Cardiovascular Surgery – Caring for the Patient
Cardiac arrest, is defined as the sudden, unexpected cessation of the heartbeat and circulation.
This occurs when the heart action stops entirely or the heart fibrillates. Causes of sudden cardiac death include the following:
Carbon monoxide poisoning.
Cardiac Arrest - Resuscitation
The absence of peripheral pulses and heart sounds is all that is necessary to make the diagnosis. There is a period of about four minutes between the cessation of circulation and the onset of irreversible brain damage.
For this reason, it is imperative that resuscitation begins immediately. Resuscitation requires that two basic life support functions be restored:
Blood must be pumped through the body
Oxygen and carbon dioxide exchange must occur.
Restoration of one without the other is not adequate.
The Role of the Nurse in Cardiac Arrest
The role of the nursing paraprofessional in cardiac arrest is one of extreme importance in saving a life, as the paraprofessional may be the first one to observe the emergency.
It is necessary to have a well-planned course of action in mind at all times, in order to be prepared for an emergency. The nursing paraprofessional must:
Be proficient in cardiopulmonary resuscitation (CPR).
Be familiar with local standard operating procedures (SOP) for "CODE" (onset of cardiac arrest) procedures, including whom to call and how to reach them.
Be able to locate and operate emergency equipment.
Be ready to assist in the activities of code management at the direction of the physician or professional nurse.
Standard Items Required for Cardiac Arrest
The following items are required for a sudden event of cardiac arrest. Nurses need to be familiar with all items listed below:
Intravenous infusion equipment.
Needles and syringes.
Intubation equipment, oral airways.
Assorted dressing materials.
There should be a defibrillator/cardiac monitor available if one is not located on or near the crash cart.
The Identification of Cardiac Arrest
Sudden cardiac arrest and the ensuing hectic activity involved in management can be a frightening and anxiety producing experience for nursing personnel who are unaccustomed to this type of event.
A basic understanding of what takes place during cardiac arrest will do much to alleviate that anxiety.
When a cardiac arrest has been identified:
The person who witnesses the event or discovers the patient will call for help from his co-workers and immediately initiate CPR.
The co-workers will respond by initiating the procedures for "calling" a code. They will then obtain the emergency equipment, take it to the location of the code, and relieve or assist the individual performing CPR.
Cardiac Arrest – Help Arrives
As help begins to arrive to treat the patient, several things begin to happen simultaneously:
An IV "lifeline" will be initiated.
Blood pressure readings will be obtained.
The patient is connected to the cardiac monitor.
Baseline blood work is drawn to assess the patient's status.
An ambu bag and oxygen will replace mouth-to-mouth resuscitation.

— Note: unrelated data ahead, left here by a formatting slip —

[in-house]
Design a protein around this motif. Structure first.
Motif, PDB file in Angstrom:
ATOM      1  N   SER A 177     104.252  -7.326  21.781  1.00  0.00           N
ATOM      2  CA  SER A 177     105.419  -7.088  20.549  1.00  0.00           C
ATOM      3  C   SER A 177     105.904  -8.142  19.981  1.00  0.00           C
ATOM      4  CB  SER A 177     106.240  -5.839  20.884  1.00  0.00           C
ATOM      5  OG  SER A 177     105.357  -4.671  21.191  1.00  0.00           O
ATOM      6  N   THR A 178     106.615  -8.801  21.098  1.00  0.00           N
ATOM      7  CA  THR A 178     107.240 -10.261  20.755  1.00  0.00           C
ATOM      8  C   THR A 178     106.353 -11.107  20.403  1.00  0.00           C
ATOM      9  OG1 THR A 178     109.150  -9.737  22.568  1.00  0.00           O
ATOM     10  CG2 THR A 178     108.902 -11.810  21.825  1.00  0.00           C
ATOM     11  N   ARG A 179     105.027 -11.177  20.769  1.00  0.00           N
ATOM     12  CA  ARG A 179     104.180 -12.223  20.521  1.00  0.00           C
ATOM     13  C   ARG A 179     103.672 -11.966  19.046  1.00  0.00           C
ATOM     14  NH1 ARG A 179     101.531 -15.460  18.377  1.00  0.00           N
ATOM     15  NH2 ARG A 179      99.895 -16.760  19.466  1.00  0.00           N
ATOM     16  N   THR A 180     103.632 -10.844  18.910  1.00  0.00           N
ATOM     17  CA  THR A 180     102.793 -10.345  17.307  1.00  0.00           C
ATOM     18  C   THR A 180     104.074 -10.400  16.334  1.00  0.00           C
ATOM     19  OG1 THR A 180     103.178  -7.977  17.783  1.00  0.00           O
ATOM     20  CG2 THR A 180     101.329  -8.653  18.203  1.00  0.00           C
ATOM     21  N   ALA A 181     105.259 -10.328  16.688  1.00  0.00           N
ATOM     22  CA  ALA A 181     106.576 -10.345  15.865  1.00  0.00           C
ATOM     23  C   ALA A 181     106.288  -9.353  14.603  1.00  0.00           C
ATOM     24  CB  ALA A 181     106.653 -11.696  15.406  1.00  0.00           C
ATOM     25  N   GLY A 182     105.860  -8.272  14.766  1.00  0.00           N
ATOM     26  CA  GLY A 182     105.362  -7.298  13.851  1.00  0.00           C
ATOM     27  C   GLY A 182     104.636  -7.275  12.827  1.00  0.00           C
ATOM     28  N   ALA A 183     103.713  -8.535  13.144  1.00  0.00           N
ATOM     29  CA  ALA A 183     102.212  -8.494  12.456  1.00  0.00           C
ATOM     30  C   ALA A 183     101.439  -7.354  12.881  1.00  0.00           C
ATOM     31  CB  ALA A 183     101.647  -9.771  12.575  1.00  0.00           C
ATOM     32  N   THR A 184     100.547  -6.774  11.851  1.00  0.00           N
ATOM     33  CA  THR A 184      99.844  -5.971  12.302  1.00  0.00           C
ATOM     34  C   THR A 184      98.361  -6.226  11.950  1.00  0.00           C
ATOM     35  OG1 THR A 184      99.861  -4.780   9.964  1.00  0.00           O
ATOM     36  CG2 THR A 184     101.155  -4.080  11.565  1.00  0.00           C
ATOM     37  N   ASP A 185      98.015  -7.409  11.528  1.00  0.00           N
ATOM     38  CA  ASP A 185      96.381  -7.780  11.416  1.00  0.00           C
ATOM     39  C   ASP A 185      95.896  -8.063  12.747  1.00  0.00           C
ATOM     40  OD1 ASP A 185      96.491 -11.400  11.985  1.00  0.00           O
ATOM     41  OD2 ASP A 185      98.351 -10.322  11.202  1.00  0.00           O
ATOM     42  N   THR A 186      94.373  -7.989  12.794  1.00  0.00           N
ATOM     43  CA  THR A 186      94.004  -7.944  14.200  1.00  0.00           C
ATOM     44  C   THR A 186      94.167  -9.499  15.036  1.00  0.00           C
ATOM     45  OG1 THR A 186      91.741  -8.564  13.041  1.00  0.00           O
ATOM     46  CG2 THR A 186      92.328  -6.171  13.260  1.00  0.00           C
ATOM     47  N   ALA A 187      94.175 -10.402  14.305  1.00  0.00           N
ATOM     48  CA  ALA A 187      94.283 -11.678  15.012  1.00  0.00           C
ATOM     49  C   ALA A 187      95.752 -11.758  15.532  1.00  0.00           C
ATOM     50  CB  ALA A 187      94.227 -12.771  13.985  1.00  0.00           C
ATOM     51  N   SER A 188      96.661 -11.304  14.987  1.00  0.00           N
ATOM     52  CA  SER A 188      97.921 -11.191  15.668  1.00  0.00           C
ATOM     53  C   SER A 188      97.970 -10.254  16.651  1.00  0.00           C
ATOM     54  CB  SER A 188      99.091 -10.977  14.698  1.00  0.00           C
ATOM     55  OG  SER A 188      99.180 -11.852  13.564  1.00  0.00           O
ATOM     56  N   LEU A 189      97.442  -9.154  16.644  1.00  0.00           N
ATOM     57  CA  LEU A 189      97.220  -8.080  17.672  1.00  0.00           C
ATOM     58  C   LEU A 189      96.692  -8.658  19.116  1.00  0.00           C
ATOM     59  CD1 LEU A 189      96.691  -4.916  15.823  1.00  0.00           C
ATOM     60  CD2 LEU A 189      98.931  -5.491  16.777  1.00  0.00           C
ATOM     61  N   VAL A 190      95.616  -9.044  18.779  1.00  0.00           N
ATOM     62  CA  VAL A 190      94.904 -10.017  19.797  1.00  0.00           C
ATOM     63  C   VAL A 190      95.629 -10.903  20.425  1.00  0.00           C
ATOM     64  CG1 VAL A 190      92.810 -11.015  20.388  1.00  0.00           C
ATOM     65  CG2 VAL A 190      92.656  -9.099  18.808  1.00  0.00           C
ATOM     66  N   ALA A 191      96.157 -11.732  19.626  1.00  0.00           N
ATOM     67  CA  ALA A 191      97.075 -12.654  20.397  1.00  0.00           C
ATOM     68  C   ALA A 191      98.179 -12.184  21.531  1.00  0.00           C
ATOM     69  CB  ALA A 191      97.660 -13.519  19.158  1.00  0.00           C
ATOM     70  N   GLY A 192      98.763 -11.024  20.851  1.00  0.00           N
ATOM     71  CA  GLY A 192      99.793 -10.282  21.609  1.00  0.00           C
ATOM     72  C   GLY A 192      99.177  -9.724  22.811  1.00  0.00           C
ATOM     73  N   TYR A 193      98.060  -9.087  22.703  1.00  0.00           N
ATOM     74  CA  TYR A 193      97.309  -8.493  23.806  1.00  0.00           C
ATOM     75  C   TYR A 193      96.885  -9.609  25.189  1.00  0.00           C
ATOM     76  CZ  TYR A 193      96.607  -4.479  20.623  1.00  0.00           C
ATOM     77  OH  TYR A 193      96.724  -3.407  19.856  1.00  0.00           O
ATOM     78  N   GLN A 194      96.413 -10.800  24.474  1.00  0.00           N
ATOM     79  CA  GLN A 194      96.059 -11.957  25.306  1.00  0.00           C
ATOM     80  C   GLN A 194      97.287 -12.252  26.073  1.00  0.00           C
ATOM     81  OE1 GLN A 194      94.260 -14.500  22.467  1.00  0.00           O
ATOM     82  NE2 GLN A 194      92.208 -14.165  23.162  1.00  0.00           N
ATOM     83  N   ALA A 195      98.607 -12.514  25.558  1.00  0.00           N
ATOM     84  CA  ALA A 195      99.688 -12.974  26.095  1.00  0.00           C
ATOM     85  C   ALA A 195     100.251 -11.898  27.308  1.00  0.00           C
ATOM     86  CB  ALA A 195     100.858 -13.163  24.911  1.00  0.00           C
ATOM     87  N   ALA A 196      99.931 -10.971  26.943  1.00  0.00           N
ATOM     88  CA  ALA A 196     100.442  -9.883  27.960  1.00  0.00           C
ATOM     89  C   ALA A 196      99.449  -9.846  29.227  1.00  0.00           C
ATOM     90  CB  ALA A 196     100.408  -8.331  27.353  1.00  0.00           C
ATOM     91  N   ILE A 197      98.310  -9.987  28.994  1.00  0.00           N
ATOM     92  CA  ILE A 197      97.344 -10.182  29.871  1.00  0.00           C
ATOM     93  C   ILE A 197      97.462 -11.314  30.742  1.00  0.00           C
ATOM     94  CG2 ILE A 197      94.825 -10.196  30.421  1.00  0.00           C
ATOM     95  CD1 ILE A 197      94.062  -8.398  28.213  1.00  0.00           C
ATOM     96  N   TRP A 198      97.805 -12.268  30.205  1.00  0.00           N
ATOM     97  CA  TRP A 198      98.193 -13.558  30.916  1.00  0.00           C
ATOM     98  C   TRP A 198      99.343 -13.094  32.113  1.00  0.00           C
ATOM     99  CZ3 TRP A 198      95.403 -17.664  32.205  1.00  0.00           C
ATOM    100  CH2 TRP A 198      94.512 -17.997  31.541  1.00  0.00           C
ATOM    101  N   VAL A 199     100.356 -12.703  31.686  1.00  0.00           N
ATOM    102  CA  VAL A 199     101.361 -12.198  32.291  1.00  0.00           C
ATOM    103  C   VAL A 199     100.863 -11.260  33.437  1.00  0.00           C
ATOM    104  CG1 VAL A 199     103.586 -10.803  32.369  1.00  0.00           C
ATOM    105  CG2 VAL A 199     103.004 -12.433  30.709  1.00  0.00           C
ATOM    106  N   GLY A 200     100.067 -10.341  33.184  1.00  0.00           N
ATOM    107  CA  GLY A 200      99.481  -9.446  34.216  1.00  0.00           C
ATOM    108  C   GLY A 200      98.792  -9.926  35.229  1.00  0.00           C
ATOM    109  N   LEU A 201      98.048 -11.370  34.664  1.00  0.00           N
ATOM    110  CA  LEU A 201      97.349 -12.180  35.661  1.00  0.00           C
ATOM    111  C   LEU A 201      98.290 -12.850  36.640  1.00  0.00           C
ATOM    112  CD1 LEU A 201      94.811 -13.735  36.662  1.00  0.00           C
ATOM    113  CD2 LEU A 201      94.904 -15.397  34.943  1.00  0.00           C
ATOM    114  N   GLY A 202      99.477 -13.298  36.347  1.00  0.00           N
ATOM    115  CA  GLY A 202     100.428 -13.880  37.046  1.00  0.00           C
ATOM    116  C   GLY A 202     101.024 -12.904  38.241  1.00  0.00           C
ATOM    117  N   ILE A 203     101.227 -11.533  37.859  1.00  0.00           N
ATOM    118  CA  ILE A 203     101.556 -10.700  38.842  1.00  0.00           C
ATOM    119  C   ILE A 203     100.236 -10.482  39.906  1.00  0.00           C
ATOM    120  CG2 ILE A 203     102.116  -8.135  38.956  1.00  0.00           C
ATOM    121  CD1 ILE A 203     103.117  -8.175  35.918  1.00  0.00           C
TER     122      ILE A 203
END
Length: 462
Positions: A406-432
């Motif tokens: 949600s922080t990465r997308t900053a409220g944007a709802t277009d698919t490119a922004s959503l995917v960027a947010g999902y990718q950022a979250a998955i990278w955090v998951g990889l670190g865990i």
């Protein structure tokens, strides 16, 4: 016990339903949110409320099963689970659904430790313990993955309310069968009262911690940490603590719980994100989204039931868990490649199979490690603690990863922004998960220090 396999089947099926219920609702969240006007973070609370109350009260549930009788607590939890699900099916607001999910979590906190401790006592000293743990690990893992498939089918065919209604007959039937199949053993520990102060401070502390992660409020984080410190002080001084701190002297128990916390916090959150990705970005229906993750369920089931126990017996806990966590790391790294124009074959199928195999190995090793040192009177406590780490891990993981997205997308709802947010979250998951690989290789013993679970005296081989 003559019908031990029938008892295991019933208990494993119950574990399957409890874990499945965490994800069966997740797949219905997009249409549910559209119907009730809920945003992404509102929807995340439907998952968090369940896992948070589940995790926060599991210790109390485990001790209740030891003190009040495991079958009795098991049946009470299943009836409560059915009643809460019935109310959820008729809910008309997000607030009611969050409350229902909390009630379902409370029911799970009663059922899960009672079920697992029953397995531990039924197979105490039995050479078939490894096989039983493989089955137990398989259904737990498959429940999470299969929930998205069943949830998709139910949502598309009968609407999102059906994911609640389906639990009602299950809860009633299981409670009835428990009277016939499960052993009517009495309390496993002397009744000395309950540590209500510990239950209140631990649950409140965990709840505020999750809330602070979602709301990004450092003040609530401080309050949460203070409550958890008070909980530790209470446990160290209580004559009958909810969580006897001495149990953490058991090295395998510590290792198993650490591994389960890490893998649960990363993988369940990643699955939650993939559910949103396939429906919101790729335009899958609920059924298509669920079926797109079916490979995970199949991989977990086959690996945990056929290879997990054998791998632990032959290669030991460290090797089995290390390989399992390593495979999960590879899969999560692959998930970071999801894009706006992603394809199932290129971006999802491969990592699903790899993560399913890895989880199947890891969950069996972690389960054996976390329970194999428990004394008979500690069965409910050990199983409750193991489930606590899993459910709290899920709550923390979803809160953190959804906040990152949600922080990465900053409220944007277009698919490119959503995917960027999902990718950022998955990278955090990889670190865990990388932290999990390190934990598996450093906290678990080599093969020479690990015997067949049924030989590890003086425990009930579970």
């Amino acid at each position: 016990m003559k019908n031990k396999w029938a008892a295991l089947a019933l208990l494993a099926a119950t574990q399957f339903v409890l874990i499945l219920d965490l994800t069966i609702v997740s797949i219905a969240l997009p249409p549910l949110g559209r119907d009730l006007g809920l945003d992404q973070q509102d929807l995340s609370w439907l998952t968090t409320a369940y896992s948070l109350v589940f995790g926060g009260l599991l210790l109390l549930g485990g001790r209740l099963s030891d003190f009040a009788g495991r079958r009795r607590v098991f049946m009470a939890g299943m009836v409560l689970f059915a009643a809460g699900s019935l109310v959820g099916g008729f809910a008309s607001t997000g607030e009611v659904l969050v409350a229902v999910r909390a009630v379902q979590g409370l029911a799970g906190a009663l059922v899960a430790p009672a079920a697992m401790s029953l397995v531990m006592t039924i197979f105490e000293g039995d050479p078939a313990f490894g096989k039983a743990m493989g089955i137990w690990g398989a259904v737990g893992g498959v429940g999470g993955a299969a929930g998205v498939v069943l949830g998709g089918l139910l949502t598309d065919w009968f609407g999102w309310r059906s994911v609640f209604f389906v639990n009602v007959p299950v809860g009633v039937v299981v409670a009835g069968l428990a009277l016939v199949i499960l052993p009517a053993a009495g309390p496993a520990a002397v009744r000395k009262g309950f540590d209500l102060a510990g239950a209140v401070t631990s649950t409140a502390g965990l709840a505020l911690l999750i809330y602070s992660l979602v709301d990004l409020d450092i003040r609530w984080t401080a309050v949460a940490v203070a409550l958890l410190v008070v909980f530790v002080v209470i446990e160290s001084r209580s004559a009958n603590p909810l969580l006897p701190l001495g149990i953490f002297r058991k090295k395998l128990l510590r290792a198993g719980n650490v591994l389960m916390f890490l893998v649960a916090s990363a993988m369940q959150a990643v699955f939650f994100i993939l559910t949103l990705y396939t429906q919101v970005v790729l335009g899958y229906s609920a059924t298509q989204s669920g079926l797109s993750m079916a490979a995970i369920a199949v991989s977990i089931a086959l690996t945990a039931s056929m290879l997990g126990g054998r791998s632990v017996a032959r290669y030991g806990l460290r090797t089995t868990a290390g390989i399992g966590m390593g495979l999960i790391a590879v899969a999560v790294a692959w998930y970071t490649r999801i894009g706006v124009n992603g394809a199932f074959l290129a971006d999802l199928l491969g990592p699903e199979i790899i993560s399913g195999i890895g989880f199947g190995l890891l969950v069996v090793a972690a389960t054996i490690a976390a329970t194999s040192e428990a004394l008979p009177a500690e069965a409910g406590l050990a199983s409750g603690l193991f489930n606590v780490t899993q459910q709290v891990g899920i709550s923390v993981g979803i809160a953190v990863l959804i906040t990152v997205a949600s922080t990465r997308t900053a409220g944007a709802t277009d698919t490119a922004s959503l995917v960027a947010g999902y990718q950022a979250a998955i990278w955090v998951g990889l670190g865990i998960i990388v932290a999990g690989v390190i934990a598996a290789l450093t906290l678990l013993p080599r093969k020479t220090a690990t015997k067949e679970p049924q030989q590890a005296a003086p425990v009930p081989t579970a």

Cardiac Arrest – The Physician’s Role
The physician in charge will make decisions based on his observations of the patient's condition and the response to CPR. If there is no response to CPR, the code continues, and again, several things happen simultaneously:
The patient will be intubated.
Appropriate emergency drugs will be administered.
Cardiopulmonary resuscitation is continued while the electrical activity of the heart is observed on the cardiac monitor. If appropriate to the patient's condition, the patient will be defibrillated.
Blood samples are drawn repeatedly to monitor the effectiveness of the treatment. Acid-base balance and adequacy of oxygenation are of extreme concern.
These procedures continue until the patient is stabilized or the physician makes the determination to declare the patient dead.
Cardiac Arrest – Major Roles
The seeming confusion of people is actually a coordinated effort by a group of people, each performing a particular task. The major roles are as follows:
A physician will direct the activities, "managing" the code.
A nurse will administer IV medications at the direction of the physician in charge.
A nurse will monitor blood pressure and obtain blood samples. One individual will perform chest compressions. One individual will administer artificial ventilation. This is normally the anesthesia specialist, who has intubated the patient.
One individual will act as a recorder, charting the exact time of each action performed and each medication given. One or more individuals act as "runners," taking specimens to the lab, obtaining needed supplies, receiving lab reports, and so forth.
Cardiac Arrest - Conclusion
Remember, the purpose of a "code" is to attempt resuscitation of a patient whose heart has stopped pumping effectively (fibrillation) or stopped pumping altogether. Keep this purpose in mind at all times, and be aware of your role as a nurse.
Perhaps the most valuable piece of advice to be given during an instance of cardiac arrest is to remain calm. If you are to become “flustered” by the event, you greatly decrease the chances of your patient’s survival.
Finally, always remember the golden rule when it comes to cardiac arrest – if in doubt, call for help immediately.
END of UNIT
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